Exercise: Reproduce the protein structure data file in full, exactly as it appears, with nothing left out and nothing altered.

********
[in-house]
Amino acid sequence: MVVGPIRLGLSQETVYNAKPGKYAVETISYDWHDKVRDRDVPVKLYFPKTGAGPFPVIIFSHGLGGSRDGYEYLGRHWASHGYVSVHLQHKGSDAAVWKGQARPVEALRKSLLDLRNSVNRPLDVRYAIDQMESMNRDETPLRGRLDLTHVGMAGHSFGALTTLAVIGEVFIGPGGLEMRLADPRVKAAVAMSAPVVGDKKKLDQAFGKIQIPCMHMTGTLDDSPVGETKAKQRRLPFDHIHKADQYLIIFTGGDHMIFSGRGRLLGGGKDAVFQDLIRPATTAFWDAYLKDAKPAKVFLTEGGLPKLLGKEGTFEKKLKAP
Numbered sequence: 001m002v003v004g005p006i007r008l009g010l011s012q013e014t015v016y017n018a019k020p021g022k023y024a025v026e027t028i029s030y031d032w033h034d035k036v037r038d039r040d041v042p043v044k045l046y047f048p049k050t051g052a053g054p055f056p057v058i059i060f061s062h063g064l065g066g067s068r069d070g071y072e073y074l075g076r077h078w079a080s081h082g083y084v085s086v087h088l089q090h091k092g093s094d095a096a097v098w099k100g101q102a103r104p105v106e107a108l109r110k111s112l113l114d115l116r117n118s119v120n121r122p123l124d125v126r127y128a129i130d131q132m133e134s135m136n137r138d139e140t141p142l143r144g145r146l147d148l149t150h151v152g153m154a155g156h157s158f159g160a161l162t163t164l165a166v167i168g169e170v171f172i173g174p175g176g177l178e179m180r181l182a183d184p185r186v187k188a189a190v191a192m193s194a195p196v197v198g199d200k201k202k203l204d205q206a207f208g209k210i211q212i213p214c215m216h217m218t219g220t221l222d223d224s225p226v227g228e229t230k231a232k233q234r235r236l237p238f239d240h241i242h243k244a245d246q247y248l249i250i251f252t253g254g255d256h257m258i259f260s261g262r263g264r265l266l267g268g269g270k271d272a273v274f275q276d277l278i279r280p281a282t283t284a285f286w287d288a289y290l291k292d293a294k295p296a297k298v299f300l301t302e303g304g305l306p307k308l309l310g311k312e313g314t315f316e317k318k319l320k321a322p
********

[in-house]
Amino acid sequence: MVVGPIRLGLSQETVYNAKPGKYAVETISYDWHDKVRDRDVPVKLYFPKTGAGPFPVIIFSHGLGGSRDGYEYLGRHWASHGYVSVHLQHKGSDAAVWKGQARPVEALRKSLLDLRNSVNRPLDVRYAIDQMESMNRDETPLRGRLDLTHVGMAGHSFGALTTLAVIGEVFIGPGGLEMRLADPRVKAAVAMSAPVVGDKKKLDQAFGKIQIPCMHMTGTLDDSPVGETKAKQRRLPFDHIHKADQYLIIFTGGDHMIFSGRGRLLGGGKDAVFQDLIRPATTAFWDAYLKDAKPAKVFLTEGGLPKLLGKEGTFEKKLKAP
Numbered sequence: 001m002v003v004g005p006i007r008l009g010l011s012q013e014t015v016y017n018a019k020p021g022k023y024a025v026e027t028i029s030y031d032w033h034d035k036v037r038d039r040d041v042p043v044k045l046y047f048p049k050t051g052a053g054p055f056p057v058i059i060f061s062h063g064l065g066g067s068r069d070g071y072e073y074l075g076r077h078w079a080s081h082g083y084v085s086v087h088l089q090h091k092g093s094d095a096a097v098w099k100g101q102a103r104p105v106e107a108l109r110k111s112l113l114d115l116r117n118s119v120n121r122p123l124d125v126r127y128a129i130d131q132m133e134s135m136n137r138d139e140t141p142l143r144g145r146l147d148l149t150h151v152g153m154a155g156h157s158f159g160a161l162t163t164l165a166v167i168g169e170v171f172i173g174p175g176g177l178e179m180r181l182a183d184p185r186v187k188a189a190v191a192m193s194a195p196v197v198g199d200k201k202k203l204d205q206a207f208g209k210i211q212i213p214c215m216h217m218t219g220t221l222d223d224s225p226v227g228e229t230k231a232k233q234r235r236l237p238f239d240h241i242h243k244a245d246q247y248l249i250i251f252t253g254g255d256h257m258i259f260s261g262r263g264r265l266l267g268g269g270k271d272a273v274f275q276d277l278i279r280p281a282t283t284a285f286w287d288a289y290l291k292d293a294k295p296a297k298v299f300l301t302e303g304g305l306p307k308l309l310g311k312e313g314t315f316e317k318k319l320k321a322p